#CCGInTheFamily: Don and Robb Wight
To celebrate the Canadian Coast Guard’s 60th anniversary, we are reflecting on our rich history throughout the years. For many, working on the water—and more specifically at Canadian Coast Guard—runs in the family. Some have parents, grandparents, siblings, or children who worked at the Coast Guard. Others come from a long line of Coast Guard employees, where being #CCGProud is generational. These are their stories.
With a combined service in the Coast Guard of over 30 years, Don Wight and son, Robb Wight (current director general of Vessel Procurement), have been heavily involved in managing the procurement of Coast Guard vessels and helicopters. It is fitting, perhaps, that several of the ships delivered or scheduled to be delivered during Robb's tenure, have replaced or will be replacing ships delivered under his father's career in the Coast Guard.
Don Wight, Director General, Vessel Management (retired, February 1997)
Don Wight joined the Coast Guard in 1982 as chief, Technical Division of Fleet Systems in Ottawa. Don's academic background was at the Royal Military College (RMC) with a degree in mechanical engineering at the University of London, England, where he received a master's degree in naval architecture. He served 22 years in the Royal Canadian Navy and his final posting was engineering manager of the Canadian Patrol Frigate Program.
When the government announced its Special Recovery Capital Projects (SRCP) Program in 1983, Don was appointed project manager for the Coast Guard shipbuilding projects and oversaw the construction of 11 new vessels:
- 2 Type 1200: CCGS Henry Larsen (Versatile Pacific Shipyard Inc.)
- 6 Type 1100s: CCGS Edward Cornwallis (1986 Marine Industries Ltd.), CCGS Sir William Alexander (1986 Marine Industries Ltd), CCGS Ann Harvey (1987 Halifax Industries Limited), CCGS Martha L. Black (1986 Versatile Pacific Shipyard Inc.), CCGS George R. Pearkes (1987 Versatile Pacific Shipyard Inc), and CCGS Sir Wilfred Laurier (Collingwood Shipbuilding)
- 2 Type 1050s: CCGS Samual Risley (1985 Vito Construction) and CCGS Earl Grey (1986 Pictou Shipyard)
- 2 Type 200s: CCGS Harp and CCGS Hood (1986 Georgetown Shipyard)
The SRCP also included the mid-life modernizations (MLMs) of CCGS Sir Humphrey Gilbert, CCGS Narwhal, and CCGS Simon Fraser. The budget for the SRCP was $750 million in 1982 dollars.
Outside the SRCP, 4 Type 400 Small Search and Rescue Cutters: Isle Rouge, Point Henry, Point Race, and Cape Hurd (1983 Cape Breton Industrial) and one Type 1200: CCGS Des Groseiliers (1983 Port Weller Drydock) were added to the CCG Fleet.
Don transferred to the Department of Fisheries and Oceans (DFO) in 1988 to take up the position of director, Ship Branch and then director general, Vessel Management. When the Coast Guard and DFO Fleets merged in 1995, he returned to the Coast Guard as director, Fleet Services. His principal challenge was to oversee the identification and implementation of the “best practices” of each fleet into the integrated fleet under the Coast Guard umbrella.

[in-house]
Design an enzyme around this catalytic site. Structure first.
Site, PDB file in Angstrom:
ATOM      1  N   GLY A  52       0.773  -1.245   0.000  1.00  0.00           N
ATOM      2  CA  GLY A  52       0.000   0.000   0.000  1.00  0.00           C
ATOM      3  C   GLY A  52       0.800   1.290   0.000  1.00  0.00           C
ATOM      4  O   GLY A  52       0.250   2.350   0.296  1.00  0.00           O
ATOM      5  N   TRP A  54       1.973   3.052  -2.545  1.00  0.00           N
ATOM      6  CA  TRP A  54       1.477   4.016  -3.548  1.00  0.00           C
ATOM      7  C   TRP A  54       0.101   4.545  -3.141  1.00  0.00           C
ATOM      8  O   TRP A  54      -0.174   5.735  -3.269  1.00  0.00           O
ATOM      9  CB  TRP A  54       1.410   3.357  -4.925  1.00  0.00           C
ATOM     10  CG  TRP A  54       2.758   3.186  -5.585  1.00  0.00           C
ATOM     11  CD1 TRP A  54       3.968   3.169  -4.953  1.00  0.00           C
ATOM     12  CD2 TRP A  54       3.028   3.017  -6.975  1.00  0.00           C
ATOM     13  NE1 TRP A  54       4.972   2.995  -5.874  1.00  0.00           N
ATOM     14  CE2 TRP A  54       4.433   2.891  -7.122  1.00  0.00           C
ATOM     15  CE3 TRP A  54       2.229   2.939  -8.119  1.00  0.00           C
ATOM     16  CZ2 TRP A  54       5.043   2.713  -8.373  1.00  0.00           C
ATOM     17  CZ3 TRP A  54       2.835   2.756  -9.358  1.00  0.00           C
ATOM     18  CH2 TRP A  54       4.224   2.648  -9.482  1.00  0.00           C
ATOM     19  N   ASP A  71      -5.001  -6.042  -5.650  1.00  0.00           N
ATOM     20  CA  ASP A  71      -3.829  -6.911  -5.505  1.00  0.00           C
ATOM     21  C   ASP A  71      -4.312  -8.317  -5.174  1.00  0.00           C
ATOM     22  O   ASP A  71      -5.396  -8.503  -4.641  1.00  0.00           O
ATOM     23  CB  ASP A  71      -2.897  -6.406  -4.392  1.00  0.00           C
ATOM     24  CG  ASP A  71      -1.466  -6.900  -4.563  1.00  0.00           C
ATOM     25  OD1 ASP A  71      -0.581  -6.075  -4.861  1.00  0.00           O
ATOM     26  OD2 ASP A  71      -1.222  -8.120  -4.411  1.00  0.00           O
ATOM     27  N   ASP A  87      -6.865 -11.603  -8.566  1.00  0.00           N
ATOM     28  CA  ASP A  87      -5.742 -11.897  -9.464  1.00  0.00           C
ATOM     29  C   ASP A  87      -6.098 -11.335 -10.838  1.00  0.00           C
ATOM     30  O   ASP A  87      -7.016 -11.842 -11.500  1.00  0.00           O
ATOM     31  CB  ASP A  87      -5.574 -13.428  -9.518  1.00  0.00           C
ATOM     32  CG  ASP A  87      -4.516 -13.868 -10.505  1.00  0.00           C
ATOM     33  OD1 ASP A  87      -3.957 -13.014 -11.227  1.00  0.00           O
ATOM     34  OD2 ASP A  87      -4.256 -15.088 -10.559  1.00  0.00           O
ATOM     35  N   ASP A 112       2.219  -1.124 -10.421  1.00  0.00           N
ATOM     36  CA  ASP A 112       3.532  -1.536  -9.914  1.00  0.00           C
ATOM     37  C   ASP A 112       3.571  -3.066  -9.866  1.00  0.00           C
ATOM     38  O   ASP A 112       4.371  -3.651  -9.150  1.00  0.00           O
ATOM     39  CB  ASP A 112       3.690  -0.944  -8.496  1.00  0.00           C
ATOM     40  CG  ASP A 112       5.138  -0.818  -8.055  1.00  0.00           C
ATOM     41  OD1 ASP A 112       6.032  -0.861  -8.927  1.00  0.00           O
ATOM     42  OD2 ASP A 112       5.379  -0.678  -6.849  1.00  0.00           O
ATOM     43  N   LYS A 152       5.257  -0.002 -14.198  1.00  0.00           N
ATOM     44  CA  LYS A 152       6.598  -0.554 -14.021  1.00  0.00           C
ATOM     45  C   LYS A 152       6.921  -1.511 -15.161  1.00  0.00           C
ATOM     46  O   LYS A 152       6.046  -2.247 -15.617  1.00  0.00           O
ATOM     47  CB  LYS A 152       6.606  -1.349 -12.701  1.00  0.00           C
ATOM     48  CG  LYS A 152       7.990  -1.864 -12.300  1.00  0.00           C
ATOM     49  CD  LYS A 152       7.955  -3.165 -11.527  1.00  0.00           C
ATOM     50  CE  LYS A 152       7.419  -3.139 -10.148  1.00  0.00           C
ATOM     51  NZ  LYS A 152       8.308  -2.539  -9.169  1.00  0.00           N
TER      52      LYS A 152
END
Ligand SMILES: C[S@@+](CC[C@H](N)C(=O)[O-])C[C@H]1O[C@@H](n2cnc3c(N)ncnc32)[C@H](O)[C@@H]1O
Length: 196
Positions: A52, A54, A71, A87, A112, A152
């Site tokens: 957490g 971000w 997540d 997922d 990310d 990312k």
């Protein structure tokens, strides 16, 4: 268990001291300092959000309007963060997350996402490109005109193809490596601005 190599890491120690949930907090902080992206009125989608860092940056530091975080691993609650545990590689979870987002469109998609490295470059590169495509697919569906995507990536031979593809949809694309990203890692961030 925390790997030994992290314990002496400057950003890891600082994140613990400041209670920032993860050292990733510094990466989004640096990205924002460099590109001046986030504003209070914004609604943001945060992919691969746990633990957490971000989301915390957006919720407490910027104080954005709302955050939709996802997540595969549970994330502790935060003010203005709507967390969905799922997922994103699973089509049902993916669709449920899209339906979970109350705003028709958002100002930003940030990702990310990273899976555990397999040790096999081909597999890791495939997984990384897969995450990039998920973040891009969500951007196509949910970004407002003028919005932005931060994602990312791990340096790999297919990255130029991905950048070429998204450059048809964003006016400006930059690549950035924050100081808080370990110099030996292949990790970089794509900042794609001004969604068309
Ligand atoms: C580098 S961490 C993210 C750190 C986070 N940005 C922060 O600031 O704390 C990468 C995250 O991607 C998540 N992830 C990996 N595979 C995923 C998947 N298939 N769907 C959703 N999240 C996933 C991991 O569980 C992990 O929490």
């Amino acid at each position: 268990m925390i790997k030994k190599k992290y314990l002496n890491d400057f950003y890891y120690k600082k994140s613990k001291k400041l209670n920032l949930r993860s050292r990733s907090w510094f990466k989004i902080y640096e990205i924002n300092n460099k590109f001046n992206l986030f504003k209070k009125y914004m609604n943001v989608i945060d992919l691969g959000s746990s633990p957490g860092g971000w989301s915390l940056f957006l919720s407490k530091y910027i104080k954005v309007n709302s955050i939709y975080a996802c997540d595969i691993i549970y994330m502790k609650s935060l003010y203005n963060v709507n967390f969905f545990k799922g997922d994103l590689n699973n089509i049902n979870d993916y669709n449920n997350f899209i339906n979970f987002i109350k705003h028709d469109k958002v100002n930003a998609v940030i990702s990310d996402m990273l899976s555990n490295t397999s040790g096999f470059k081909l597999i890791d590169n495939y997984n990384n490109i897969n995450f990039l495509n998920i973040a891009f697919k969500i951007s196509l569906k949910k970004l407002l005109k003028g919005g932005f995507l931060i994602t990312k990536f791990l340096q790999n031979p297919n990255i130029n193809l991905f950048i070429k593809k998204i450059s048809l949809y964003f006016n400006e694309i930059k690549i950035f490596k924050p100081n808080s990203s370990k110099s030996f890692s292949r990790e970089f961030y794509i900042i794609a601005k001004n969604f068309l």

After 38 years working in the marine field, Don retired in February 1997, on the same day his wife, Pat, retired from her position of senior social worker at the National Defence Medical Centre. They spent their retirement years travelling in their recreational vehicle and at their cottage in Calabogie with friends and family.
Robb Wight, Director General, Vessel Procurement
Robb Wight joined the Coast Guard in 2001 as an engineer in the Integrated Technical Services (ITS) Directorate working on various projects. His academic background was a mechanical engineering degree from Waterloo University and an MBA from Sir Wilfred Laurier. Before joining the Coast Guard, Robb worked with a number of start-up companies in Ottawa.
Robb worked his way up to director general of ITS in 2008, and in 2012 assumed the position of director general of Vessel Procurement, the directorate of the Coast Guard responsible for the acquisition and delivery of large vessels, helicopters, and small vessels, as well as the development of new classes of vessels, vessel design, business analysis and policy support. His office in Ottawa oversees, not only NCR employees, but also the on-site team located in Vancouver, British Columbia.
Since 2012, the Vessel Procurement Team has delivered:
- 9 Mid-Shore Patrol Vessels (Irving Shipyard)
- 3 Offshore Fisheries Science Vessels: CCGS John Cabot, CCGS Capt. Jacques Cartier, and CCGS John Franklin (Vancouver Shipyards)
- 23 helicopters (Bell Helicopter)
- 10 SAR lifeboats (Bay Class) (Chantier Naval Forillion and Hike Metal)
- 2 Channel Survey and Sounding Vessels (CCSVs): CCGS Jean Bourdon, and CCGS Helen Irene Battle (Kanter Marine)
- 3 Medium Icebreakers (Molly Kool Class): CCGS Molly Kool, CCGS Jean Goodwill, and CCGS Vincent Massey
Ongoing projects include:
- the Type 1100 replacement class—the Multi-Purpose Vessel (MPV)
- the Type 1200 replacement class—the Program Icebreaker (PIB)
- the Polar Icebreakers
- the Arctic and Offshore Patrol Vessels
These and others are scheduled to be delivered from now into the 2040s.
During family get-togethers, Robb and Don are often heard discussing various government procurement programs and strategies. “Not all family members consider us ideal dinner companions,” they shared jokingly.
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